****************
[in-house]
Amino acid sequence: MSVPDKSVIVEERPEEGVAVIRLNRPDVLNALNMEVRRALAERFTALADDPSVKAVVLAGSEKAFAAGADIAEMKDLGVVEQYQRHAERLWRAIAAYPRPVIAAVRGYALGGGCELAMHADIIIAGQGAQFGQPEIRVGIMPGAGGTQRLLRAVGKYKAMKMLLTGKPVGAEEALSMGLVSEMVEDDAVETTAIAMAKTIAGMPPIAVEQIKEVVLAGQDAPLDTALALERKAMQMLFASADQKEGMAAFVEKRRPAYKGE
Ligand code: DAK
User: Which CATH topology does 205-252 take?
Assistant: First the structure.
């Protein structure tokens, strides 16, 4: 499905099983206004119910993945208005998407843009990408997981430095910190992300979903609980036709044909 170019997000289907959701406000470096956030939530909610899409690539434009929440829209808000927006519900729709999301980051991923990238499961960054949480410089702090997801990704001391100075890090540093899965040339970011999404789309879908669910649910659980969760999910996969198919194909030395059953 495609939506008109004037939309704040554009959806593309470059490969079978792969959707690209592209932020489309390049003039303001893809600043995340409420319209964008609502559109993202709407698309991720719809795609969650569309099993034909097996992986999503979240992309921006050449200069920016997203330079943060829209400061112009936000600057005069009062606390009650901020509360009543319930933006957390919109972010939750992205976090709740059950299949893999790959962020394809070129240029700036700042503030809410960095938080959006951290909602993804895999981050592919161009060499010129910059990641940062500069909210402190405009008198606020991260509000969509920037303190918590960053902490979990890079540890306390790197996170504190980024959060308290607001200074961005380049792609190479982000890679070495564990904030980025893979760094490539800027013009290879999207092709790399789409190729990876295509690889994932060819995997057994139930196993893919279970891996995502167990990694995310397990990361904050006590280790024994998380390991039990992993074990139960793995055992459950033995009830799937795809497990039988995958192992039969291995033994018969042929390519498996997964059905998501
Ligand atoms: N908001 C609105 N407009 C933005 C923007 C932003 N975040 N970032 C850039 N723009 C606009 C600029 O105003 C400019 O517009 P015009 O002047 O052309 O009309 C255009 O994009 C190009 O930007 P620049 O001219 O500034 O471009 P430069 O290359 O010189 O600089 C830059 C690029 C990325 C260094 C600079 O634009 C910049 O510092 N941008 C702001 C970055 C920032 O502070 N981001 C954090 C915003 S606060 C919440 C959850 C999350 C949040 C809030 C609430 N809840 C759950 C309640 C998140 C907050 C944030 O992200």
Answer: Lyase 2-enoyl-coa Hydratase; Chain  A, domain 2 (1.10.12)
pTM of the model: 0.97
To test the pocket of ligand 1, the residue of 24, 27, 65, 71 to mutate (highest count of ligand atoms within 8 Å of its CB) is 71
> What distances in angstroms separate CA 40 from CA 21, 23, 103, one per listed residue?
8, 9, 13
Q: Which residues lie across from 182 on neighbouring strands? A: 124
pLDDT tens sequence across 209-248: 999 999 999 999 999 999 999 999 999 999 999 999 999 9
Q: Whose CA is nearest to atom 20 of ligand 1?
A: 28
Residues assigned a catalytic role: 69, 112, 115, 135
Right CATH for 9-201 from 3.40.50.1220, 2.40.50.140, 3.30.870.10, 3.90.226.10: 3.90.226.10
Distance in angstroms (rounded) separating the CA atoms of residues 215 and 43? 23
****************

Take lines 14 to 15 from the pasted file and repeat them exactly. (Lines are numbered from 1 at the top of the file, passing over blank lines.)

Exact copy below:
pLDDT tens sequence across 209-248: 999 999 999 999 999 999 999 999 999 999 999 999 999 9
Q: Whose CA is nearest to atom 20 of ligand 1?